By BRYAN LLANAS
FOX New York
Aging weather satellites provide data pivotal for hurricane tracking, blizzard snowfall amounts, and heat waves. The problem is that many are close to or have gone past their expiration dates, meaning satellites could collapse at any time, leaving us with an up to four year information void.
"The worst case scenario is going back 10 years in our capability to monitor and predict the weather, which means unfortunately greater chance of loss of life," says Antonio Busalacchi, a meteorologist.
Scientists are especially concerned after the satellite that the National Oceanic and Atmospheric Administrations operates, called GOES 13, malfunctioned for the second time in a year, most recently in May.
It's the main geostationary satellite that monitors the eastern seaboard.
The 7 year old system also malfunctioned for a brief time ahead of Superstorm Sandy.
GOES 13 is just one of twenty two aging NOAA and NASA satellites capable of failing.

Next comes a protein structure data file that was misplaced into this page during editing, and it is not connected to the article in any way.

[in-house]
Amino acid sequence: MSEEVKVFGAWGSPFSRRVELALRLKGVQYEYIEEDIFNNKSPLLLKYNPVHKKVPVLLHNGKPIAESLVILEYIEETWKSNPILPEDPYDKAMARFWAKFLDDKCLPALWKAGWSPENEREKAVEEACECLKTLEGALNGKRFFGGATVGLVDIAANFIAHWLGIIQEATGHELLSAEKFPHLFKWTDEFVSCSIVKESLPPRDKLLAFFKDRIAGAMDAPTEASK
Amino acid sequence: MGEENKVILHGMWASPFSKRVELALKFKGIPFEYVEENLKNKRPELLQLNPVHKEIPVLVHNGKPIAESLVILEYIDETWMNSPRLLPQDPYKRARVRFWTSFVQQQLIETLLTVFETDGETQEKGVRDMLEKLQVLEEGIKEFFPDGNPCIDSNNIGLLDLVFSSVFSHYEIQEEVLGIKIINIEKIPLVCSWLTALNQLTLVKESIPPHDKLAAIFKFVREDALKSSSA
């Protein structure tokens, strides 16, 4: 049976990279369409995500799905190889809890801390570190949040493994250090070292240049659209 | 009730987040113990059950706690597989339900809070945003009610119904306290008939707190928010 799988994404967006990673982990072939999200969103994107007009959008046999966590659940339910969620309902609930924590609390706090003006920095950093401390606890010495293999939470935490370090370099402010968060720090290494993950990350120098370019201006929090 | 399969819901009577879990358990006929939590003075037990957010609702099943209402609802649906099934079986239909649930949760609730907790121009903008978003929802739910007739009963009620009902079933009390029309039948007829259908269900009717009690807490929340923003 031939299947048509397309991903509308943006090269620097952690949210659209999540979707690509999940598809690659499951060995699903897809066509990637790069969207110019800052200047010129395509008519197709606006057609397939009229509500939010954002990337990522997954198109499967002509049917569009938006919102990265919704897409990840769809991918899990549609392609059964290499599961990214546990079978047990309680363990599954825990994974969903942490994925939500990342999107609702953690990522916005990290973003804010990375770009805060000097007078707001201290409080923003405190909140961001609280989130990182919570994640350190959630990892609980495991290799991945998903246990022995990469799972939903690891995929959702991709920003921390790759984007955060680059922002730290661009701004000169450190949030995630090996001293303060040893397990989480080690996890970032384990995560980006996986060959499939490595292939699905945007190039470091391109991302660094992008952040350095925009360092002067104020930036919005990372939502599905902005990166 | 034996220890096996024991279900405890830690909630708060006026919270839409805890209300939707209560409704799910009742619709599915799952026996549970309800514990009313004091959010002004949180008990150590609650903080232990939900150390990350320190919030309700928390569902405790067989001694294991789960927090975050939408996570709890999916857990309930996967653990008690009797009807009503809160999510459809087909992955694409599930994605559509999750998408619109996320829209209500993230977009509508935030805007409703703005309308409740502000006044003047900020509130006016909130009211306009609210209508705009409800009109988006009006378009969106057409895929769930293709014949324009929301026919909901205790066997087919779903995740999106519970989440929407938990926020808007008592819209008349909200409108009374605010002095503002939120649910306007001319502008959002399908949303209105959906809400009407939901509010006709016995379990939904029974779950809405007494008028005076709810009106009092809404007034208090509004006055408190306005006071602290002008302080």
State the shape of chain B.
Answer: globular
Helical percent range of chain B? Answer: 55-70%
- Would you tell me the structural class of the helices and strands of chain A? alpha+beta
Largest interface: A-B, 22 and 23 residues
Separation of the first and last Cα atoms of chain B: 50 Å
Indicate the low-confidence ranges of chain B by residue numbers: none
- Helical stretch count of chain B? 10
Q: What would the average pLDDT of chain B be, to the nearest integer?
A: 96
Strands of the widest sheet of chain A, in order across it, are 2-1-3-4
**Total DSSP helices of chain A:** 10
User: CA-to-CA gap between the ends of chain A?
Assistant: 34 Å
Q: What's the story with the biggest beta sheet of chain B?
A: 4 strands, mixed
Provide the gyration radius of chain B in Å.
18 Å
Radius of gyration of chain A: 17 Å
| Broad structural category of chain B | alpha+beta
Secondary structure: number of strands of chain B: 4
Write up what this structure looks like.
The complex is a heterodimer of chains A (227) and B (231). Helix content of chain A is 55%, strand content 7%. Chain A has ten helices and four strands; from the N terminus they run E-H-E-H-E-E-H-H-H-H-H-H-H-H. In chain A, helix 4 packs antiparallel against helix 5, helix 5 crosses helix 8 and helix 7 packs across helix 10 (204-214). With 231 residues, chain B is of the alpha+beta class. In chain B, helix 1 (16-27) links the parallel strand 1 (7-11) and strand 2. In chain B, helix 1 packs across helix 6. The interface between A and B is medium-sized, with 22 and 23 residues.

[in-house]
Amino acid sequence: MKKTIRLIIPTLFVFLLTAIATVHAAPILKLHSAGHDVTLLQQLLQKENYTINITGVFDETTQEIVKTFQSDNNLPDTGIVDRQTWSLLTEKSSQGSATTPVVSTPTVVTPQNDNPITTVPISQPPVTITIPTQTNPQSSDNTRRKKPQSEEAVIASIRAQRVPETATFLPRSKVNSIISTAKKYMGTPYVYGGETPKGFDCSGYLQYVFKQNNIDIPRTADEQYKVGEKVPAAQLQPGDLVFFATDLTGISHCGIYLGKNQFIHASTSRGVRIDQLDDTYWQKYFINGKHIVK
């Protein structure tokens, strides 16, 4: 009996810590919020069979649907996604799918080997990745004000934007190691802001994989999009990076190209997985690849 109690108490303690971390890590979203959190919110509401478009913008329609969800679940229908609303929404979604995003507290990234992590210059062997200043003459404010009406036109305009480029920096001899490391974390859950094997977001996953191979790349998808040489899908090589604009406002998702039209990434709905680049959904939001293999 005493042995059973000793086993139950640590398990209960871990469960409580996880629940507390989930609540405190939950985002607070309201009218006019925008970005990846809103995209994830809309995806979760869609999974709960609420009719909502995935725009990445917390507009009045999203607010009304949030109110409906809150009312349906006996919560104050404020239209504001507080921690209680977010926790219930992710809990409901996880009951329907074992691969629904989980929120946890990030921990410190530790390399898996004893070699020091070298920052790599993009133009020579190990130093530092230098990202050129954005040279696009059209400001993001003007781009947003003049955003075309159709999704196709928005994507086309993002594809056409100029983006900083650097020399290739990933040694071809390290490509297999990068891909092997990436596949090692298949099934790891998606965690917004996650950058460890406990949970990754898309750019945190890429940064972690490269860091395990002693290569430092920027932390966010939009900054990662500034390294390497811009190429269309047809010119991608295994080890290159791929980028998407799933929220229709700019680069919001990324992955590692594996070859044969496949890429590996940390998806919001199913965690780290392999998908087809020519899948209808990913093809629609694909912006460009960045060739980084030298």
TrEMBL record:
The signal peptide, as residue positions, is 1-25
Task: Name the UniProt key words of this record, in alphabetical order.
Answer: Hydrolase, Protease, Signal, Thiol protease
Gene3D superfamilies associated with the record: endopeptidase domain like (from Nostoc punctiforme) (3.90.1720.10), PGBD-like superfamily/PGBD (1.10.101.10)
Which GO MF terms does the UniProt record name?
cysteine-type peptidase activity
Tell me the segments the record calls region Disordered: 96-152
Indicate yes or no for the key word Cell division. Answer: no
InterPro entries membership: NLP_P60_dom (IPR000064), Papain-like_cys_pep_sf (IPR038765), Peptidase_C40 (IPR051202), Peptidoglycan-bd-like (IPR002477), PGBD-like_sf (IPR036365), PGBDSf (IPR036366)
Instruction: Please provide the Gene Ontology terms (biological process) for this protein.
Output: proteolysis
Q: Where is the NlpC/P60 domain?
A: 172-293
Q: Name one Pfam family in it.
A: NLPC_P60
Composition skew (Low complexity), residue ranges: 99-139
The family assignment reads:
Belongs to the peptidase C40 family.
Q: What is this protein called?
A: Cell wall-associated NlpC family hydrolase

Engineer Stacey Boland is part of a committee that monitors the current state of earth satellites, and warns that the government needs to act fast.
"We are definitely encountering a near perfect storm here, we have shrinking budgets, rising launch vehicle costs, 2 recent launch vehicle failures for earth science missions and when you put all of that together there is just no way to launch things at the rate it would take to replace the observations being lost," says Boland.
A replacement for one of two polar orbiting satellites, which provide the most complete forecasts, is not likely to be launched until at least 2017.
In a statement, NOAA tells FOX News,
"NOAA continues to develop mitigation plans for any potential gap in satellite coverage. These plans will be re-assessed on a biannual basis to account for new developments as they occur."
Some scientists estimate up to a trillion dollars of our economy relies on accurate forecast, from agriculture, transportation to the military.